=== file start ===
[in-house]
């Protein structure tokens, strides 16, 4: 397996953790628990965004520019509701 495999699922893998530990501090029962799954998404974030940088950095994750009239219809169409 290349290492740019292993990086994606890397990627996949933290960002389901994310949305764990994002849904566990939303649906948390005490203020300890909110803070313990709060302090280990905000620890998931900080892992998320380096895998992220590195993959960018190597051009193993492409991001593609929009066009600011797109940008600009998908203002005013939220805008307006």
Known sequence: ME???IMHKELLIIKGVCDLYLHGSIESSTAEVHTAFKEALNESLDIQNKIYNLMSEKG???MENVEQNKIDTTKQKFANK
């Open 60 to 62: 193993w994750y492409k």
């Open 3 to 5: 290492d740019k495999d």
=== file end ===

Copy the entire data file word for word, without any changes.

[in-house]
């Protein structure tokens, strides 16, 4: 397996953790628990965004520019509701 495999699922893998530990501090029962799954998404974030940088950095994750009239219809169409 290349290492740019292993990086994606890397990627996949933290960002389901994310949305764990994002849904566990939303649906948390005490203020300890909110803070313990709060302090280990905000620890998931900080892992998320380096895998992220590195993959960018190597051009193993492409991001593609929009066009600011797109940008600009998908203002005013939220805008307006």
Known sequence: ME???IMHKELLIIKGVCDLYLHGSIESSTAEVHTAFKEALNESLDIQNKIYNLMSEKG???MENVEQNKIDTTKQKFANK
């Open 60 to 62: 193993w994750y492409k």
């Open 3 to 5: 290492d740019k495999d």